My favorite story is of playing with two structural engineers; one of whom is a nationally recognized expert who has been brought in to resolve various troubled projects, including our own big dig and air port sublimation issues.
I let him and his associate push me, pull me, and what not and they said...that's impossible! Once I explained it and even had them do some things a little bit they went off on each other cracking up on how difficult it would be to have to try an model that.
Funny thing about aeronautical engineers like Rutan, he makes things everybody else, including other engineers, thought could not possibly fly or fly well. Then he sets records with them. He is going into space these days... In short, there are engineers and then there are aeronautical engineers, ...
The reason is that the Navier-Stokes equations are a big unmapped mountain to climb -- describing fluid flow and shear vortices. Funny things -- they have no general model (or universally defined 3D mathematical solutions) that can be derived from them -- one of the most intractable problems in mathematics, actually. Only local solutions are known within certain sets of established parameters derived from empirical observation. Those have to be discovered. New solutions cannot be easily predicted from prior successful parameters. In short, they are not linear. Engineers who like reliable, generally predictive models despise or have great distaste for Navier-Stokes equations. Those guys make things like Reynolds numbers and stay in well mapped areas. Rutan didn't have any Reynolds tables for reentry transitions with his "falling leaf" design.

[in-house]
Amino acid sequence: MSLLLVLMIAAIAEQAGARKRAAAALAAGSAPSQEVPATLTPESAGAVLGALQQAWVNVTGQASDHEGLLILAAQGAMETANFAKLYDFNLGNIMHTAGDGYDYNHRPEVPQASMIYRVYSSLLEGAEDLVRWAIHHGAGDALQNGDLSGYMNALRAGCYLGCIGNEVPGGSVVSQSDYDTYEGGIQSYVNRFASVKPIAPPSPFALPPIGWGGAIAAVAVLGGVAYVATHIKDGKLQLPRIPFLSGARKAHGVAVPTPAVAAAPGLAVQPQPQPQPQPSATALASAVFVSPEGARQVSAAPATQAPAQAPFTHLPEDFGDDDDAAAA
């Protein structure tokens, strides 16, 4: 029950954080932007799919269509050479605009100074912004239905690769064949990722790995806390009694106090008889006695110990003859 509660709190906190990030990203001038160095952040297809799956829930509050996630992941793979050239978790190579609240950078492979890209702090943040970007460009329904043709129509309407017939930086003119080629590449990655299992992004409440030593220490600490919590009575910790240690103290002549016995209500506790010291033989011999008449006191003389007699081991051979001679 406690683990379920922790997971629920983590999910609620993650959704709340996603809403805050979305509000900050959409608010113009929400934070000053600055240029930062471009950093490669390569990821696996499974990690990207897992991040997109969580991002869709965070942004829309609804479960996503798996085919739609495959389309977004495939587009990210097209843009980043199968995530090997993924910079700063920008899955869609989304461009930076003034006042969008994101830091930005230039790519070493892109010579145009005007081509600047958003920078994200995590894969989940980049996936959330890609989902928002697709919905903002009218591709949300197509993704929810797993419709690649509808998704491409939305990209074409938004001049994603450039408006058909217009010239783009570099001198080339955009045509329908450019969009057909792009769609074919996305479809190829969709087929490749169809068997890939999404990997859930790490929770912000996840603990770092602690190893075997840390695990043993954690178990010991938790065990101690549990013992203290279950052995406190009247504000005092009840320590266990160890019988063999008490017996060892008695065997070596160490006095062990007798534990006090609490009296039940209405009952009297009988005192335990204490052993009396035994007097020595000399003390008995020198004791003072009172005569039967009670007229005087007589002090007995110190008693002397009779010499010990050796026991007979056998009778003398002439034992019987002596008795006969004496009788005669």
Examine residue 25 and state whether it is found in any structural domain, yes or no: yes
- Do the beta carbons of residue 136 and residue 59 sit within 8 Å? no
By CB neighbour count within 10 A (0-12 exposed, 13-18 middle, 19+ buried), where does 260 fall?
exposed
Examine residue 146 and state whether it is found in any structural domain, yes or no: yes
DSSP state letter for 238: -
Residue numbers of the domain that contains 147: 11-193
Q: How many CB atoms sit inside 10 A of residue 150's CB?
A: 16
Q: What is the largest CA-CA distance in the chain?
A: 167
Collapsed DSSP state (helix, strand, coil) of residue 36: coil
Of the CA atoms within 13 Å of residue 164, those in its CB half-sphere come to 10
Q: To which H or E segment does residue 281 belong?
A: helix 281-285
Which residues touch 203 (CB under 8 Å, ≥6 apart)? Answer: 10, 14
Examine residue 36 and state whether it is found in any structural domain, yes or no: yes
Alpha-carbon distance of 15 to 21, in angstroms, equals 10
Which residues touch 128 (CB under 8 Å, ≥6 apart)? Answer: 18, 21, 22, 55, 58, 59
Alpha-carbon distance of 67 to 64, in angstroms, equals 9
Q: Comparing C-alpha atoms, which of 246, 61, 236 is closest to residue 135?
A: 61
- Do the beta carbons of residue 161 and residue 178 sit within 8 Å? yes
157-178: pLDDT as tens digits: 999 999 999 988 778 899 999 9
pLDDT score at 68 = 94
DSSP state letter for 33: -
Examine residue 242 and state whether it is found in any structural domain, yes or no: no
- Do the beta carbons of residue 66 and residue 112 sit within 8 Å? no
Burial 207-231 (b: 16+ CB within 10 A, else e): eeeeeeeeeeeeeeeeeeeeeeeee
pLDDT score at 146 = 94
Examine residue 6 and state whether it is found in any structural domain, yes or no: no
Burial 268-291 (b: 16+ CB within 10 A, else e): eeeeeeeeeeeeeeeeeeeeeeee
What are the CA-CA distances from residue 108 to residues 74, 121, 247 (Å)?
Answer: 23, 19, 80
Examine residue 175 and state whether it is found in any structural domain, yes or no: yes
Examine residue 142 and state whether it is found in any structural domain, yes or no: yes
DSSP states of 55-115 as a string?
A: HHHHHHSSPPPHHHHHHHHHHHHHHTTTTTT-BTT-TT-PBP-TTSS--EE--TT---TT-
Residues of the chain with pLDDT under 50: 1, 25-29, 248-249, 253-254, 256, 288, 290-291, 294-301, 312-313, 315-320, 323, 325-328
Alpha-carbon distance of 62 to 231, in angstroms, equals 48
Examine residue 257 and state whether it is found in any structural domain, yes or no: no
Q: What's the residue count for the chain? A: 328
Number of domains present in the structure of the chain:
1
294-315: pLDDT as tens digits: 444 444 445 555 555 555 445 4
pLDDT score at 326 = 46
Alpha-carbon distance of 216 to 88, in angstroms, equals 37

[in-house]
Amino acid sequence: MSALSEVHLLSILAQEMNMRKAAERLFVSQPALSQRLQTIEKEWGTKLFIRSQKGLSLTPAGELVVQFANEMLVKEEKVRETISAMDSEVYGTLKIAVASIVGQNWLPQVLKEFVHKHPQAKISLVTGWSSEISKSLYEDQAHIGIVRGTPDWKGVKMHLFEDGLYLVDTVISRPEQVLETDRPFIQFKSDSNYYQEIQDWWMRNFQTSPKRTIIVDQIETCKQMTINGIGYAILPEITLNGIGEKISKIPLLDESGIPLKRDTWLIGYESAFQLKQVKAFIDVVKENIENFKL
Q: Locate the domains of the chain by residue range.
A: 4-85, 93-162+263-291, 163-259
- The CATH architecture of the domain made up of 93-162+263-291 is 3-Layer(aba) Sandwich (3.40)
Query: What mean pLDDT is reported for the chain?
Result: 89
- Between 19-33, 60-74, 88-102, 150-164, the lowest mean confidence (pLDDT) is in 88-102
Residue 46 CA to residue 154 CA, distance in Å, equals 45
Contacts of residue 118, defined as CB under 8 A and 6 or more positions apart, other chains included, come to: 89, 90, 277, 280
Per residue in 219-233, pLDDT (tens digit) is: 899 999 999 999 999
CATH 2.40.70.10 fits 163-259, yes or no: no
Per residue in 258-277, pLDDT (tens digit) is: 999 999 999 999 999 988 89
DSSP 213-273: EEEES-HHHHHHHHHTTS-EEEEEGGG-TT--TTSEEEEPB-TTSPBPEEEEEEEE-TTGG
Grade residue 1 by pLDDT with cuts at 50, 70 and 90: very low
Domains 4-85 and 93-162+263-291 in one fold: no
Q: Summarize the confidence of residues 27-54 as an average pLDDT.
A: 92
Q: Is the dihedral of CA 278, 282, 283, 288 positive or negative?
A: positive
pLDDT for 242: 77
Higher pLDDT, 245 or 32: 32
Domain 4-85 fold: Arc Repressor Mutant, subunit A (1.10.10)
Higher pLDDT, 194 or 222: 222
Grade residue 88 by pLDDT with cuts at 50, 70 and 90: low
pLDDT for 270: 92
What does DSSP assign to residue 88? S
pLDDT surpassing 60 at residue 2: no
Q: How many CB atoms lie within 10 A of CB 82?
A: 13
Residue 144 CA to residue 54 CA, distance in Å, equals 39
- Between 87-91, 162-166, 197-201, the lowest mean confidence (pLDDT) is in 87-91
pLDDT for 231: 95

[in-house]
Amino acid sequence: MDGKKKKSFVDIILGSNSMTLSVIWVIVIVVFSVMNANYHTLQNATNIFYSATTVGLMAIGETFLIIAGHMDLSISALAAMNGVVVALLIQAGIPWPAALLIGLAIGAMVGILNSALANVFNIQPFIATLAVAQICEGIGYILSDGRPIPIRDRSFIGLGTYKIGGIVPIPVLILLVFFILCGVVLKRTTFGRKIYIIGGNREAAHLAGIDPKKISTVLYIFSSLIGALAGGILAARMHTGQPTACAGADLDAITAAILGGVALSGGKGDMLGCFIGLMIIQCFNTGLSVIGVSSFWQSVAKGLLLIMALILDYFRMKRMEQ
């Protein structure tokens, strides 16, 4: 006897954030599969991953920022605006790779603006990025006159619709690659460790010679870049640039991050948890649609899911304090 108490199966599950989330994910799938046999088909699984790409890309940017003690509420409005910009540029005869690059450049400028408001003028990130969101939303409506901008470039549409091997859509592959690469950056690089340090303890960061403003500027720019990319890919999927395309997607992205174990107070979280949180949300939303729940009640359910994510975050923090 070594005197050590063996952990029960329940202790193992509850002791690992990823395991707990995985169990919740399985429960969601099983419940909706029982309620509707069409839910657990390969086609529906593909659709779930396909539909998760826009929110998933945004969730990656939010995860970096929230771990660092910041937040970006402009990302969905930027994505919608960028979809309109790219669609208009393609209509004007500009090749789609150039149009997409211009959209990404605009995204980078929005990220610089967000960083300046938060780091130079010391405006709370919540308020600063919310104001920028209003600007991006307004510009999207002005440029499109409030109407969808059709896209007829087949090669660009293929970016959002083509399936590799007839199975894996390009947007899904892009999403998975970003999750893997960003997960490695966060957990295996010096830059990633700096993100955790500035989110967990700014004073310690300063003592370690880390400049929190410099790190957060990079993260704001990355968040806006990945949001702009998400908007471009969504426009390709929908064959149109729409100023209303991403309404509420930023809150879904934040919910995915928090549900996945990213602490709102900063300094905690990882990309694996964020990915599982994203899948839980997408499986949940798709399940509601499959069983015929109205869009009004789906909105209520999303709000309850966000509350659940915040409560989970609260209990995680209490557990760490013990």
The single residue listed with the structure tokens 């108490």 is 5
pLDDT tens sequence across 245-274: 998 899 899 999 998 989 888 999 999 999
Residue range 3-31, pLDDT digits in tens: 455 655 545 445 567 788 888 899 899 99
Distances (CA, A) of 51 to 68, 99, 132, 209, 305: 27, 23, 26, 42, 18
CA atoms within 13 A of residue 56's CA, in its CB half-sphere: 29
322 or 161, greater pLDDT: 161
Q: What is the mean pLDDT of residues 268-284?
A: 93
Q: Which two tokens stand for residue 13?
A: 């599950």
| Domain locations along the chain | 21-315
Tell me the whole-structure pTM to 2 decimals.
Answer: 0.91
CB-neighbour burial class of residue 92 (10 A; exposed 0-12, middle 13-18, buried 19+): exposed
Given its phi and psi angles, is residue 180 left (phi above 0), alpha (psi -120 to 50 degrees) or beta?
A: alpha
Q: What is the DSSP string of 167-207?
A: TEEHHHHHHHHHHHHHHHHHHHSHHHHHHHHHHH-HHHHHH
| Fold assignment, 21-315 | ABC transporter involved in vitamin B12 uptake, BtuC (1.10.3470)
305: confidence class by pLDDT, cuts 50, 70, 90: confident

Does anybody see anything interesting to compare there in what Ikeda is doing and teaching? If not then you weren't paying attention.
There are engineers who like design but not flying, and pilots who fly and care nothing about engineering. On the other hand, there are engineers who like to fly and pilots who like the engineering. The latter two both see the same stuff in slightly different but related ways/ They "get" the way planes want to fly and the way things like shear want to function when they start to see its recognizable contours operating in a given setting. They are like mountain climbers who just like to go see if the route is passable over the next ridge. Everybody else thinks they are nuts, but they are certain before they go that the shape of the ridge is right to go over.